Elite Performance’s expansion may benefit not just public but schools, too

GIBSON CITY — When Gibson Area Hospital & Health Services’ Elite Performance program expands yet again in upcoming months with the opening of two much larger facilities in both Paxton and Gibson City, it will come with the addition of new equipment that not only the public can use but also possibly the athletic teams at local schools.

“PBL (High School), their track-and-field program would really like to expand and kind of use that (new facility in Paxton) as a place for kids to go indoors,” said Tyler Brucker, director of Elite Performance.

The new facilities will feature track equipment, baseball batting cages, a partial basketball court, wrestling matts and possibly even soccer goals, Brucker said. And with 25-foot-tall ceilings in each facility, “we can throw stuff as high as we want to,” Brucker said.

The Elite Performance facility in Paxton will be moving into the old Sorensen factory on U.S. 45 on the city’s north side. The 13,000-square-foot facility — 170 feet long by 75 feet wide — is currently being renovated and is expected to open by January, replacing the much smaller Elite Performance facility on North Taft Street.

“It gives us a lot more space,” Brucker said.

The new Paxton facility will include a 55-yard-long and 30-foot-wide section of rubber turf, Brucker said. Nearby, there will be the traditional weight-lifting equipment. On the opposite side of the gym, there will be cardio machines, treadmills, ellipticals, skiers and rollers.

“And then there’s also a small studio room that will be there, as well, where we’ll have private classes,” Brucker said. “At this point, I don’t know exactly what they’ll be, whether it’s kickboxing or Zumba or whatever it is. But it will give us a lot more space there.”

Gibson City’s Elite Performance facility, meanwhile, will be moving into the long-shuttered Alco store at 619 E. First St. on Gibson City’s east side. For the past three years, Elite Performance of Gibson City has been operated out of a 7,000-square-foot space next to County Market. Prior to that, the fitness and wellness program was operated out of the basement of the GAHHS orthopedic clinic at 10 Doctors Park.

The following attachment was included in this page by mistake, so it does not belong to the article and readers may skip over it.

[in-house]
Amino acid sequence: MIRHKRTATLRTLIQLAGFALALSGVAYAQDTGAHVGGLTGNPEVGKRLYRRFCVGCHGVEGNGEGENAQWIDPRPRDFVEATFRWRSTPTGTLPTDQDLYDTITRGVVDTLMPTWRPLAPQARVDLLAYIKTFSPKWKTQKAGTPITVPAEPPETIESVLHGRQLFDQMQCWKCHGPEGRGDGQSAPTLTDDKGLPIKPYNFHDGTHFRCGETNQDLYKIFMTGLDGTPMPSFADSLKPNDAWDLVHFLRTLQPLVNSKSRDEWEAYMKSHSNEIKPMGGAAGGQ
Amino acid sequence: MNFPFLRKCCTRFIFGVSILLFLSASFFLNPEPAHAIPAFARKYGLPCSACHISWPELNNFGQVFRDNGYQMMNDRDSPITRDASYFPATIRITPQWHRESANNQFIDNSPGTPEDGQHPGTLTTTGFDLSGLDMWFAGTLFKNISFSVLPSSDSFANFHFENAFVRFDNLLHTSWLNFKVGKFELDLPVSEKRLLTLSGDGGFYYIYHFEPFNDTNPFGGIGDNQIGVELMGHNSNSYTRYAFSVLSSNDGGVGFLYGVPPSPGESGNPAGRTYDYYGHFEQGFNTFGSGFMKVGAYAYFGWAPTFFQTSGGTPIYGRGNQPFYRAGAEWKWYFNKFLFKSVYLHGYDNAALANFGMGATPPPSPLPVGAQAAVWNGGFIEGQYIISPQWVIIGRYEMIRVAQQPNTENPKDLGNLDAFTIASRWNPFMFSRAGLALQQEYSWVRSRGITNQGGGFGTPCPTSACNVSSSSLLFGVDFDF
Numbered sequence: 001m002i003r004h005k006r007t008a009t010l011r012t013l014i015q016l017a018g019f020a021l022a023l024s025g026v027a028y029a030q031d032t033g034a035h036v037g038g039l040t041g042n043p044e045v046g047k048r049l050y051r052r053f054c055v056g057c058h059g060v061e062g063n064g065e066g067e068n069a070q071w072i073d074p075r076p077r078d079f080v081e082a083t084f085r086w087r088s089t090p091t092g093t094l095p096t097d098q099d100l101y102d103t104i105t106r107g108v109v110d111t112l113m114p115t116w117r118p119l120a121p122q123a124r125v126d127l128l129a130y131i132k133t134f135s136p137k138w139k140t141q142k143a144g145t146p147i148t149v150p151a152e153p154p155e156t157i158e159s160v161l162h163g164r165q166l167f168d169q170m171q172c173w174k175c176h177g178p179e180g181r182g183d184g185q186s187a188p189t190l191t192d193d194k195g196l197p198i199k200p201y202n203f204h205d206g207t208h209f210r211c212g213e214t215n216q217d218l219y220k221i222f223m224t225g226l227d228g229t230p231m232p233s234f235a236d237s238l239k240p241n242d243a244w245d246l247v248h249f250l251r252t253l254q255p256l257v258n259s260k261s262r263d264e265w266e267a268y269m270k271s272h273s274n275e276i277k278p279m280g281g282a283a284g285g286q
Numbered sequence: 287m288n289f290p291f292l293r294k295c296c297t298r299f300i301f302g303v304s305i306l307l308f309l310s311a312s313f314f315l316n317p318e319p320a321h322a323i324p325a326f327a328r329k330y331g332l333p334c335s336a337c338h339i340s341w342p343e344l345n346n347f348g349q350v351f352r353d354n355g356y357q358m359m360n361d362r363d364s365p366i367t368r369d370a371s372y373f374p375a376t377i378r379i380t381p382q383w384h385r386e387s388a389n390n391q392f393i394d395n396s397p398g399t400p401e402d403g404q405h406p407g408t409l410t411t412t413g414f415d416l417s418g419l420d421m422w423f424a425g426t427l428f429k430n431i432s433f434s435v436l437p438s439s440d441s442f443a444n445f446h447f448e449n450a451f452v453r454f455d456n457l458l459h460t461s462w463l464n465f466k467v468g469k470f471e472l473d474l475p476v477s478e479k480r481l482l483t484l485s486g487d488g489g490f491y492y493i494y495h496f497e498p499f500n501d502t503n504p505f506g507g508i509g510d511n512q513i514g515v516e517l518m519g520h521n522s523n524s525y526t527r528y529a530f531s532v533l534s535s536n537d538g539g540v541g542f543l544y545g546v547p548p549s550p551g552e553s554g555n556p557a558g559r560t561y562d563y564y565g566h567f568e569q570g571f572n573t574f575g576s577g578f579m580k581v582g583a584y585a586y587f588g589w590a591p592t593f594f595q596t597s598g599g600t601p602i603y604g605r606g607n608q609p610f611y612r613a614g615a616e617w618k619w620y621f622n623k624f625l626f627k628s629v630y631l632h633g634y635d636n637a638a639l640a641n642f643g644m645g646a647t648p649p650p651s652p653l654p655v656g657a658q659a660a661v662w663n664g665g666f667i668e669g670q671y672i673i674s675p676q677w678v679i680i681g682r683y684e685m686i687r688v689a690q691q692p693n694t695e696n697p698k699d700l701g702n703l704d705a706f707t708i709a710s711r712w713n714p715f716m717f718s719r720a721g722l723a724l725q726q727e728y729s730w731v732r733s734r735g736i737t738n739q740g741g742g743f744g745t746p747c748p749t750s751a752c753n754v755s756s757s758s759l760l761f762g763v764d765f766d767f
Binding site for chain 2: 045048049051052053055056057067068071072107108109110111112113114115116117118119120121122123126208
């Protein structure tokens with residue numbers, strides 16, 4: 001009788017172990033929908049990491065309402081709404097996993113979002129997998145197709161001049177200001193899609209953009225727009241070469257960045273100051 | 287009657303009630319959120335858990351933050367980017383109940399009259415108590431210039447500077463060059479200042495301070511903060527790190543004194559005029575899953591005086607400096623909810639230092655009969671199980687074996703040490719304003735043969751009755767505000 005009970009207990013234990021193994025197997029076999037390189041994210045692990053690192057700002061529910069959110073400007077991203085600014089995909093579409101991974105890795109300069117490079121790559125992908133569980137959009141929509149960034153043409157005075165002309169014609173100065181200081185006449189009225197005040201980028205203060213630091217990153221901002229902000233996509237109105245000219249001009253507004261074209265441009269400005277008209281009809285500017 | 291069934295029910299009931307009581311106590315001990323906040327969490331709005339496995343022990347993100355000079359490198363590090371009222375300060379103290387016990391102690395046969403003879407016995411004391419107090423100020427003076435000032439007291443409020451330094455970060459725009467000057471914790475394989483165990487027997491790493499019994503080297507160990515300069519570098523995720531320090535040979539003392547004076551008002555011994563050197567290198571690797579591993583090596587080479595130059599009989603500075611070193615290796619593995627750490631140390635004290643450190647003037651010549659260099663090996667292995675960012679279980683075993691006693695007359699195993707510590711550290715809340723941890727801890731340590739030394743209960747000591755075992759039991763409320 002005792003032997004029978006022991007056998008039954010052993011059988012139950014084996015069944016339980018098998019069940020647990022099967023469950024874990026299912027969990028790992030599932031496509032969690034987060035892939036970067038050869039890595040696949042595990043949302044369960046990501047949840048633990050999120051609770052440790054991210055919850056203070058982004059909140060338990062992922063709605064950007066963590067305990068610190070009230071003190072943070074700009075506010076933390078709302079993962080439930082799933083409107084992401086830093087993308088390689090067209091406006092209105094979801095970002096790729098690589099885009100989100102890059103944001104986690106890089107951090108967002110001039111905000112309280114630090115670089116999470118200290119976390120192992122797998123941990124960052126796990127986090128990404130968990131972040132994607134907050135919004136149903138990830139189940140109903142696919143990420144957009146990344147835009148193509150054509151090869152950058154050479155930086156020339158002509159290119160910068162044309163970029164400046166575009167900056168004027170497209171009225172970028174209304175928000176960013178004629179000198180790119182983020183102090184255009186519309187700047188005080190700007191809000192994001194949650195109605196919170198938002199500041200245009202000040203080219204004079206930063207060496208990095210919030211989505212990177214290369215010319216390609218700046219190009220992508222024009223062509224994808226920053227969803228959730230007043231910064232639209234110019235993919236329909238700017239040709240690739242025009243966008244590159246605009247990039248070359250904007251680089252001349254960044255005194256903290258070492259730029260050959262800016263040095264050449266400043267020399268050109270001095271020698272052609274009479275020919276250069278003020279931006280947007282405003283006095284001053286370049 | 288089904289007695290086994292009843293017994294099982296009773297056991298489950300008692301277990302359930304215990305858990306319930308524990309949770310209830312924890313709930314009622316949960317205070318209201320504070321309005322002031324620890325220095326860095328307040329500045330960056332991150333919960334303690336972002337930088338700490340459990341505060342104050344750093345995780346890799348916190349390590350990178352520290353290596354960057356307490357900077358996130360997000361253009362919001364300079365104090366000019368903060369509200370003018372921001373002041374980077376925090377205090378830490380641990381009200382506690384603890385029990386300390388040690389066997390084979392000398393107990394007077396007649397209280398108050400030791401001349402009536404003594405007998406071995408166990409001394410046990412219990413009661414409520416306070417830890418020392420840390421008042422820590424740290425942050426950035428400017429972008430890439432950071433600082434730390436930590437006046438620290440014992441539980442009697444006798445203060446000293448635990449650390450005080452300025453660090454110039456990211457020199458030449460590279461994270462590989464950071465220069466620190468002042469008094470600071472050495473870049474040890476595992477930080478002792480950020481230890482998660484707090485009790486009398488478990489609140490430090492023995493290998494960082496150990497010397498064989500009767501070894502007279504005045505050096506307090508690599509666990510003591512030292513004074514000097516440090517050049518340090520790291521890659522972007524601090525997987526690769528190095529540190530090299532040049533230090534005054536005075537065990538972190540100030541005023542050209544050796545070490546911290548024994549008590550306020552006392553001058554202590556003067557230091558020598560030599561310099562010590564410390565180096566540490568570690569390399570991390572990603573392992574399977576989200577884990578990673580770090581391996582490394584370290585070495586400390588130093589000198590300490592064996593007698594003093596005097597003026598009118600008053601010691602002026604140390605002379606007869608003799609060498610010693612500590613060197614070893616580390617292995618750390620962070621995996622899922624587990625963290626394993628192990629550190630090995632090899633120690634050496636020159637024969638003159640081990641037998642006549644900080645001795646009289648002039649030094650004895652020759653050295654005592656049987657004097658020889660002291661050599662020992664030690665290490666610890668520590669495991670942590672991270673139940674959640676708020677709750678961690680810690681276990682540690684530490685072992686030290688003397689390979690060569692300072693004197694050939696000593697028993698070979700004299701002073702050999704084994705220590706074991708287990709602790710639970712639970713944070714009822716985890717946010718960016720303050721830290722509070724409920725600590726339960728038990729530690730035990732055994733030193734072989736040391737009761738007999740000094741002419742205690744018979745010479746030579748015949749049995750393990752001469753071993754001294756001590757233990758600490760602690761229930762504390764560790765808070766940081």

The plan is for the new Gibson City facility to be open by next May.

“The Alco building is about four to five times as big as what we’re in now,” Brucker said. “Currently, I think we’re at 6,000 square feet, and this is just under 20,000 square feet.”

Similar to the Paxton facility, the new Gibson City site will have “lots and lots” of cardio equipment and “a ton” of weight equipment, Brucker said.

“We’ll have 10 mega racks, pieces of machinery that are coming in,” Brucker said. “And we’ll still have a lot of block walls to throw things at.

“In both locations, we’ll also have batting cages. They’ll also have a half of a basketball court, basically the whole three-point line and in. This one (in Gibson City) will also have a spot where we can throw a wrestling matt down.”

Brucker said that with the additional space at each location, it will allow for sport-specific training to occur without shutting down the entire gym.

“The facilities are getting big enough — and we want them to be big enough — to where we can have people come in and do sport-specific (activities) or kind of do something they want on their own without shutting the whole gym down. And at the same time, we’ll still have our training going on,” Brucker said.

Currently, when someone uses the batting cages at the Gibson City site, for example, it must be done after hours “because it takes up half the gym,” said Elite Performance athletic trainer Tim Leonard.

That will no longer be the case.

“We’ll be able to do it any time during the day with the new location,” Leonard said.

At the Gibson City site, there will be “three or four full-size studio rooms that will be about 20 foot by 40 foot, so we’re going to have a lot of private classes,” Brucker said. “Again, I don’t know exactly what those classes be.”

Both locations will feature locker rooms and showers — “things that our current facilities do not have,” Brucker added.

The Elite Performance program has locations in Gibson City, Paxton, Cissna Park and Fairbury. It started out with one location — in a small room in the GAHHS orthopedic clinic — and initially had just 400 “visits” in its first year, 2009, Brucker said. When the Gibson City location moved to its current location in 2013, the number of visits increased to 1,100. The next year, the visits rose to 3,500.